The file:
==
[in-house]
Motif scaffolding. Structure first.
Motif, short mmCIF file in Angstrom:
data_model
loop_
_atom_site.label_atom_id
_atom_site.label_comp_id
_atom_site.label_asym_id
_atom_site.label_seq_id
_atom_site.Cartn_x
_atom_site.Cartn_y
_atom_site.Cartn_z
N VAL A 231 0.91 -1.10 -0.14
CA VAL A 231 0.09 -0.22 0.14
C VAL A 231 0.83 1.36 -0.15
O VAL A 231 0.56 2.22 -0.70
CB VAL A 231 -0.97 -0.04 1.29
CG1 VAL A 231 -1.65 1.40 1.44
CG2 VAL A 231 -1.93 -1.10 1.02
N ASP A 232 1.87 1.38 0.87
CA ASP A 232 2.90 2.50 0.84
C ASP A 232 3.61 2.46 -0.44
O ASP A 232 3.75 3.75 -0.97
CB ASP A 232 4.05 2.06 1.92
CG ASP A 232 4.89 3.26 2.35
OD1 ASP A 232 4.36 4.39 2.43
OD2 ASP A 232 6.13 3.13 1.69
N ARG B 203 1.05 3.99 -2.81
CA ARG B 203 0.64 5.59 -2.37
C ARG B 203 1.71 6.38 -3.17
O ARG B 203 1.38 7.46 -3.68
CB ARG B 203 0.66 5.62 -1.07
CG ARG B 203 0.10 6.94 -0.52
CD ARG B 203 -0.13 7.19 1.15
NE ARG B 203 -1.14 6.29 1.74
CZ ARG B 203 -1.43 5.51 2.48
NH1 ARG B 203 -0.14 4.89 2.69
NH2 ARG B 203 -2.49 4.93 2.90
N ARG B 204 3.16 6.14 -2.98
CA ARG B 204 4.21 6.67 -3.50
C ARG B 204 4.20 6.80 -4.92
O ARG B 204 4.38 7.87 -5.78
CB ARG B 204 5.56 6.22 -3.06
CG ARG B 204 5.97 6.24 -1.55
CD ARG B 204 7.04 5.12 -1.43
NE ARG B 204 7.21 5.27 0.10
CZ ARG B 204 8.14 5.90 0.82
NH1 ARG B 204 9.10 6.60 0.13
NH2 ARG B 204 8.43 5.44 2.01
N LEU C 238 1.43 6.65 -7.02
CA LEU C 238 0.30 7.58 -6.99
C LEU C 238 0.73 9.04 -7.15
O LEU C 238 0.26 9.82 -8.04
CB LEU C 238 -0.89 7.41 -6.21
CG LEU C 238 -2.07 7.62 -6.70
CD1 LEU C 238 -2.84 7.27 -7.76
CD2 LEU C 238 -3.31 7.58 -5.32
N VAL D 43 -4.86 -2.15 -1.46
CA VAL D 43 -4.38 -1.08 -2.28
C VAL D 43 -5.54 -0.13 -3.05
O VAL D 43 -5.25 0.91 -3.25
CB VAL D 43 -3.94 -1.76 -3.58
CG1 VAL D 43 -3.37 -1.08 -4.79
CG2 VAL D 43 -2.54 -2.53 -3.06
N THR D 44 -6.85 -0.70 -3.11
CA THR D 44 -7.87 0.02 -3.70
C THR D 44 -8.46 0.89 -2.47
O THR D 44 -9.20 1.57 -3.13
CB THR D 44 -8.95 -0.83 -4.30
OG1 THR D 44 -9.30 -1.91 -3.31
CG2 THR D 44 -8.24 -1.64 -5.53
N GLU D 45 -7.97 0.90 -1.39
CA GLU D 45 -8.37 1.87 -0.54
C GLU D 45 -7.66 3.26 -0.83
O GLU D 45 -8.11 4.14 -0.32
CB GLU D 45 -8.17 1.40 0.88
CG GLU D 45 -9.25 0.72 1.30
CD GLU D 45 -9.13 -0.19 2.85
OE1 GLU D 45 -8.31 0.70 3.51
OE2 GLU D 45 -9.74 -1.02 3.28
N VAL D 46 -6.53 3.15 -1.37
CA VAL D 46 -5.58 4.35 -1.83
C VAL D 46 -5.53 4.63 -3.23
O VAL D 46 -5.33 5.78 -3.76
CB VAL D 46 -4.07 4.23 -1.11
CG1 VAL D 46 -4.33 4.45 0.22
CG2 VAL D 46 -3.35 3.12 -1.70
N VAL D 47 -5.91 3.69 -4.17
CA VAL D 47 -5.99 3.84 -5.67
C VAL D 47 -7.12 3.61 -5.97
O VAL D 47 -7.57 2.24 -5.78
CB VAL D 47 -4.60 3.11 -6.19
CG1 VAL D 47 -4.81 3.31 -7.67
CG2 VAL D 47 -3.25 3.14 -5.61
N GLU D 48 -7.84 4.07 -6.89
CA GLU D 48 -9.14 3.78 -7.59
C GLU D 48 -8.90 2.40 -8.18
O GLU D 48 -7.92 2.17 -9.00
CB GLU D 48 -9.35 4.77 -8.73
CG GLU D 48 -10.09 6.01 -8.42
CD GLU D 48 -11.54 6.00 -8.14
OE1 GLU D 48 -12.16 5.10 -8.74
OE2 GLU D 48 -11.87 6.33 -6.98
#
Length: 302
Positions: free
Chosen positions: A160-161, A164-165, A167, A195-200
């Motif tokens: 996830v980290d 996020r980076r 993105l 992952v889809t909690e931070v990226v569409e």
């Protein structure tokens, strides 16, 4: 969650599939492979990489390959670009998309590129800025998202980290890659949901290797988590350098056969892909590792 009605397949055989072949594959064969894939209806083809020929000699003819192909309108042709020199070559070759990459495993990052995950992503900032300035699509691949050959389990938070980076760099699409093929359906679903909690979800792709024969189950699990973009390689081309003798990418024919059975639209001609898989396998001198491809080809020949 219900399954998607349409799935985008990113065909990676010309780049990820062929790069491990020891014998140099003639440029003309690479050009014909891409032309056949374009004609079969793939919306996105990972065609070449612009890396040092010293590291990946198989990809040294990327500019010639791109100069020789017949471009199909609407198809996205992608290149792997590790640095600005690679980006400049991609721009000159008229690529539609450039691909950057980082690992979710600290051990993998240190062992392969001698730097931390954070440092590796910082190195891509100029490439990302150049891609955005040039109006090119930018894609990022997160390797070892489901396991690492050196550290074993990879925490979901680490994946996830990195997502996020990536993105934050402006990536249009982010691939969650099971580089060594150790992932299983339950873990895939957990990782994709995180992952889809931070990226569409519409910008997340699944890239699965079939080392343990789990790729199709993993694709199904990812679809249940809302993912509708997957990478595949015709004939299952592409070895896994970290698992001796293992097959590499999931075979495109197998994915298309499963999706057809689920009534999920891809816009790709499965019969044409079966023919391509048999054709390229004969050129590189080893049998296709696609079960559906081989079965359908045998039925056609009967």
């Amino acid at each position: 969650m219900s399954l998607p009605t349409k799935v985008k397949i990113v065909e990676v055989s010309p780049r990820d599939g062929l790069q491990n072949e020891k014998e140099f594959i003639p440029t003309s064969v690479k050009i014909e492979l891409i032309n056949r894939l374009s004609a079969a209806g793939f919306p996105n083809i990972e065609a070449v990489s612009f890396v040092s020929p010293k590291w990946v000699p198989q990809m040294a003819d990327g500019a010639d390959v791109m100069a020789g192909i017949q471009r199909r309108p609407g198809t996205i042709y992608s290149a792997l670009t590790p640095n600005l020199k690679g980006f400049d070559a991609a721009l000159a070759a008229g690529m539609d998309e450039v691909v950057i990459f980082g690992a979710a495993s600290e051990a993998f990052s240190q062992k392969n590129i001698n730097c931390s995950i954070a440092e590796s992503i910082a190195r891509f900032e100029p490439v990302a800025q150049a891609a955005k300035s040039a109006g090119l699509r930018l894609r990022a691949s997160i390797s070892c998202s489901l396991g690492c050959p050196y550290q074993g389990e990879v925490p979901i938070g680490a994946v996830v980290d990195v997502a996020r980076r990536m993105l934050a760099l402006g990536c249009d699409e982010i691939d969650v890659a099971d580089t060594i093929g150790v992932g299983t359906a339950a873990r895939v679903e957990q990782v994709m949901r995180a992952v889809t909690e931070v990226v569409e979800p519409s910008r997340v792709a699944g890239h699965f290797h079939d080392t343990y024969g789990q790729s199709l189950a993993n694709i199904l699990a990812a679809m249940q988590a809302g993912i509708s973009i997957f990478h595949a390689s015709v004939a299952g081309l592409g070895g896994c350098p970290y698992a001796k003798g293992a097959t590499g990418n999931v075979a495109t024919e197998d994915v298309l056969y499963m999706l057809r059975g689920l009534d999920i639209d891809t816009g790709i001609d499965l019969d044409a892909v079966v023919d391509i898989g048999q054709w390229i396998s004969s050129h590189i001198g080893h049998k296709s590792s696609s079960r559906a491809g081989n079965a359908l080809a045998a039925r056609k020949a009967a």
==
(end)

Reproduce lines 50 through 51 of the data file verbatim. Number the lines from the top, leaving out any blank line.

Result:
N LEU C 238 1.43 6.65 -7.02
CA LEU C 238 0.30 7.58 -6.99